Tan-y-Deri Porch Restored

(c) Mark Hertzberg 2017

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Completion of the multi-year comprehensive restoration of Tan-y-Deri was celebrated last Friday with a ribbon-cutting ceremony as a start to Taliesin’s celebration of Frank Lloyd Wright’s 150th birthday. The three organizations charged with maintaining the legacy of Frank Lloyd Wright at Taliesin celebrated their collaboration on this project: Taliesin Preservation, the Frank Lloyd Wright Foundation, and the School of Architecture at Taliesin. The porch, perhaps better referred to as a terrace since it is only accessible from the interior, was the final piece of the project. It has been reconstructed to how it looked between 1939 – 1956. I had an opportunity Saturday to photograph the first floor of the house before the Wright birthday dinner. The Romeo and Juliet Windmill is nearby, and is in some photos. The early evening light, at the end a rainy day, was particularly welcome and lovely that day. We had driven to Taliesin under cloudy skies, and I had been pessimistic about having good light for photos.

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Wright designed the house in 1907 for Jane and Andrew Porter, his sister and brother-in-law, four years before designing Taliesin. The name of the house is Welsh for “under the oaks.” Andrew Porter was then the business manager for the nearby Hillside Home and School, run by Wright’s aunts. Tan-y-Deri 2017 010.jpgTan-y-Deri 2017 017.jpg

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Celebrating Wright at Taliesin and Stillbend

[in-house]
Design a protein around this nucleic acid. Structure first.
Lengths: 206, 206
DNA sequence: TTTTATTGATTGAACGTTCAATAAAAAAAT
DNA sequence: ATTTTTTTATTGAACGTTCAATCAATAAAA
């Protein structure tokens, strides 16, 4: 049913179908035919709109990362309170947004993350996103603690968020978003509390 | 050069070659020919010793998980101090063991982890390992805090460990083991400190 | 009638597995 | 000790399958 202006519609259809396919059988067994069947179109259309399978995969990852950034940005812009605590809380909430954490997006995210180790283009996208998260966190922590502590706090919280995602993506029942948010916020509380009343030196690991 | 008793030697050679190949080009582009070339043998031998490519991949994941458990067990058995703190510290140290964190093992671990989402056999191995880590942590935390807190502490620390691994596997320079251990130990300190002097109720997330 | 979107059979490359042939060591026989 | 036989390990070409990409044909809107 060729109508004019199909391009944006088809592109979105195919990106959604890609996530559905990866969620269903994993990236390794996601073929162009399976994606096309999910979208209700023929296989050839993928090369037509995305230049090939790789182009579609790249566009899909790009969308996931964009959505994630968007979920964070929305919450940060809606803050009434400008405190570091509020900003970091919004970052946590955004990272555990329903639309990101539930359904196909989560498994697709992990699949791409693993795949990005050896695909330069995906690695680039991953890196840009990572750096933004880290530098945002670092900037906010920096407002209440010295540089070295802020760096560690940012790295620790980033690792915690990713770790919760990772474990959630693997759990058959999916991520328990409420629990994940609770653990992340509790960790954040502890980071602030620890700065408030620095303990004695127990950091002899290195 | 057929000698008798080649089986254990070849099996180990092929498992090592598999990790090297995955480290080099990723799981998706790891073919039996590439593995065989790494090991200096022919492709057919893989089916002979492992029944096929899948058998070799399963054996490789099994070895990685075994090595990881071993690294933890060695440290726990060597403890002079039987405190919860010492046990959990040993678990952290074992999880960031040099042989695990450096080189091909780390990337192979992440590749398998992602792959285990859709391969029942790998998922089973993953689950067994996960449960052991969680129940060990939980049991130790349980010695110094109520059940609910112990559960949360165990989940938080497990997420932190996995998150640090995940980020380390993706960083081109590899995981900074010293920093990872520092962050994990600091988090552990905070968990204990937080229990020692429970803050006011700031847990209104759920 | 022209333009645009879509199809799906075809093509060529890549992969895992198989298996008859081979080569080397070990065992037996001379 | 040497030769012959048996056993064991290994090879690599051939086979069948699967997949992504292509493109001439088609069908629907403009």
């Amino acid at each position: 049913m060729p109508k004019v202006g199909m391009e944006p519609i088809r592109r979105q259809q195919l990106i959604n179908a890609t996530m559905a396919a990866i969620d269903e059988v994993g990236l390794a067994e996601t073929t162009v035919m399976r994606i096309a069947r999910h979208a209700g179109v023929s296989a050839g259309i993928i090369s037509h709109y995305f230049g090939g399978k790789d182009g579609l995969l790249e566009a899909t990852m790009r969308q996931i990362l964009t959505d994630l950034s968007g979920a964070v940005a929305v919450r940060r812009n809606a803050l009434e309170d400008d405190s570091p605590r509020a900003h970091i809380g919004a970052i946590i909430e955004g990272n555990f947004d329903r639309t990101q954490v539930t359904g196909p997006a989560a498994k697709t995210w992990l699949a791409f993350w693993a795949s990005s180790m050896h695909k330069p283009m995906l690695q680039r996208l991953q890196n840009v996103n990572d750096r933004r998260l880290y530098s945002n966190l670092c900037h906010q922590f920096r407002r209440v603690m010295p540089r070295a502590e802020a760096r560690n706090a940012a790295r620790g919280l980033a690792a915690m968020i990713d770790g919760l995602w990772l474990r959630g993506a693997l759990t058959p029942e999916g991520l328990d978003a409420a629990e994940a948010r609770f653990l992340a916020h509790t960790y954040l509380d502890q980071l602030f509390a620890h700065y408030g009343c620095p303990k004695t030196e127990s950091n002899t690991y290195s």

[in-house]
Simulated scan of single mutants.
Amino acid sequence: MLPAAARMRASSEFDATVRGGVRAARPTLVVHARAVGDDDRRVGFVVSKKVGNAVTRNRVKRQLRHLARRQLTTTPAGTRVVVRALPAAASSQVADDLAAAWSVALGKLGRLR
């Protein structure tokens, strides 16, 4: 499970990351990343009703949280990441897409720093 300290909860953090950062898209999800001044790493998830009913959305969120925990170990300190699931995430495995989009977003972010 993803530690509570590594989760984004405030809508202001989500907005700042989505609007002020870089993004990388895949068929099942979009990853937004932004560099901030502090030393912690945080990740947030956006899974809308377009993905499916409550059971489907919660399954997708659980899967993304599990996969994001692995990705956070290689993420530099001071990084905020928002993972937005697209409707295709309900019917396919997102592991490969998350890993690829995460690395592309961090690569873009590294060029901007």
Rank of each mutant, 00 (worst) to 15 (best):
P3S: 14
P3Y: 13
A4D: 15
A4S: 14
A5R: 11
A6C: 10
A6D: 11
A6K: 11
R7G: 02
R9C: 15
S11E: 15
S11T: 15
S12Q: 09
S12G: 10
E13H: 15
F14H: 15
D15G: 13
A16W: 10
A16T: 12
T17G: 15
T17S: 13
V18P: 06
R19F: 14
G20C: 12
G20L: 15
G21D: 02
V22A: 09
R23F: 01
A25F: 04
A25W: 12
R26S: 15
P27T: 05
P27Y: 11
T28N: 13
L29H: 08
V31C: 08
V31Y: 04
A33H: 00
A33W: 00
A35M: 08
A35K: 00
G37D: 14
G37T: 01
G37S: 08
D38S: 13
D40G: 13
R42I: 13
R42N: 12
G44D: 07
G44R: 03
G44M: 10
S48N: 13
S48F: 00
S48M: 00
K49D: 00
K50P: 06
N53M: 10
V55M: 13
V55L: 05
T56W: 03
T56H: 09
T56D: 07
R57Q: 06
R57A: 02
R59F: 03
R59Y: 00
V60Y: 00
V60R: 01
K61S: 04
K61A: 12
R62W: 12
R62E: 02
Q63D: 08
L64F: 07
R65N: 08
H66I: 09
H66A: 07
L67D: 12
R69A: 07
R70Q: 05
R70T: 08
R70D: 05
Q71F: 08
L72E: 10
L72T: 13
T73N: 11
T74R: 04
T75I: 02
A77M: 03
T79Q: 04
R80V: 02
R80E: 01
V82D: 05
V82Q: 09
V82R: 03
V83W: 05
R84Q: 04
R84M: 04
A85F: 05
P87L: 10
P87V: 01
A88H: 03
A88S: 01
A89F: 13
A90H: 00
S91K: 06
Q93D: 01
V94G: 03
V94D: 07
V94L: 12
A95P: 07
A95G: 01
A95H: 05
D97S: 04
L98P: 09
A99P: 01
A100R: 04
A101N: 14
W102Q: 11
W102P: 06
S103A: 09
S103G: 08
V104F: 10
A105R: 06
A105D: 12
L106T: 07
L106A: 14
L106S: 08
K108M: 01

(c) Mark Hertzberg 2017

There are Wright celebrations aplenty this year to commemorate the 150th anniversary of Frank Lloyd Wright’s birth on June 8, 1867 in Richland Center, Wisconsin.

The annual Wright birthday cocktail reception and dinner celebration at Taliesin, organized by Minerva Montooth and co-sponsored by Taliesin Preservation (the reception at Taliesin) and the Frank Lloyd Wright Foundation (dinner at Hillside), was Saturday evening. The photos of the Taliesin celebration are followed by photos of a celebration the next day at Stillbend, Wright’s Bernard Schwartz House (1939) in Two Rivers, Wisconsin. The guests at Stillbend included Steve Schwartz who shared his memories of growing up in the house. Michael Ditmer, steward of Stillbend, wondered if Wright have approved of the fuss. Read through to the end for my thoughts and then post your thoughts in the Comments link.

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Minerva was ebullient – as always – as she greeted her guests: